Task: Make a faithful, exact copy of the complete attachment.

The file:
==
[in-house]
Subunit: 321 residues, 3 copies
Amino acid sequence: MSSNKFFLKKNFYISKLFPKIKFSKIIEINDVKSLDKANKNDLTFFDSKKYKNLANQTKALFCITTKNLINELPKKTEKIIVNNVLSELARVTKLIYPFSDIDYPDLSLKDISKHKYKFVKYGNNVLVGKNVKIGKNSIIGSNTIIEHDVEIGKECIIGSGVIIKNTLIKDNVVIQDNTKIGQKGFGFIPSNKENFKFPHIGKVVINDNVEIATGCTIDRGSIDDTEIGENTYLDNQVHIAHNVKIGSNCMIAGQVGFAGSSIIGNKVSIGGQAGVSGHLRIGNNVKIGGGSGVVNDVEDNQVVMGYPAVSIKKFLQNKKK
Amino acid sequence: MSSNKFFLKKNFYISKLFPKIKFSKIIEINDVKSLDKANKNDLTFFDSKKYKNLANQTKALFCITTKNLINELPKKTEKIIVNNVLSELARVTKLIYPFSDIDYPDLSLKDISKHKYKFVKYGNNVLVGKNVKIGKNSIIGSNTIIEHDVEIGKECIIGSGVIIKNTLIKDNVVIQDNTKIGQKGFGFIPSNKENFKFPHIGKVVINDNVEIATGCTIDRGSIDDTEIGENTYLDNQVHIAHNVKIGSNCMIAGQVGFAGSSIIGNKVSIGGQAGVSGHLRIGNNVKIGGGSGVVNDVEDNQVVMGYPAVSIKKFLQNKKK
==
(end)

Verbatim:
[in-house]
Subunit: 321 residues, 3 copies
Amino acid sequence: MSSNKFFLKKNFYISKLFPKIKFSKIIEINDVKSLDKANKNDLTFFDSKKYKNLANQTKALFCITTKNLINELPKKTEKIIVNNVLSELARVTKLIYPFSDIDYPDLSLKDISKHKYKFVKYGNNVLVGKNVKIGKNSIIGSNTIIEHDVEIGKECIIGSGVIIKNTLIKDNVVIQDNTKIGQKGFGFIPSNKENFKFPHIGKVVINDNVEIATGCTIDRGSIDDTEIGENTYLDNQVHIAHNVKIGSNCMIAGQVGFAGSSIIGNKVSIGGQAGVSGHLRIGNNVKIGGGSGVVNDVEDNQVVMGYPAVSIKKFLQNKKK
Amino acid sequence: MSSNKFFLKKNFYISKLFPKIKFSKIIEINDVKSLDKANKNDLTFFDSKKYKNLANQTKALFCITTKNLINELPKKTEKIIVNNVLSELARVTKLIYPFSDIDYPDLSLKDISKHKYKFVKYGNNVLVGKNVKIGKNSIIGSNTIIEHDVEIGKECIIGSGVIIKNTLIKDNVVIQDNTKIGQKGFGFIPSNKENFKFPHIGKVVINDNVEIATGCTIDRGSIDDTEIGENTYLDNQVHIAHNVKIGSNCMIAGQVGFAGSSIIGNKVSIGGQAGVSGHLRIGNNVKIGGGSGVVNDVEDNQVVMGYPAVSIKKFLQNKKK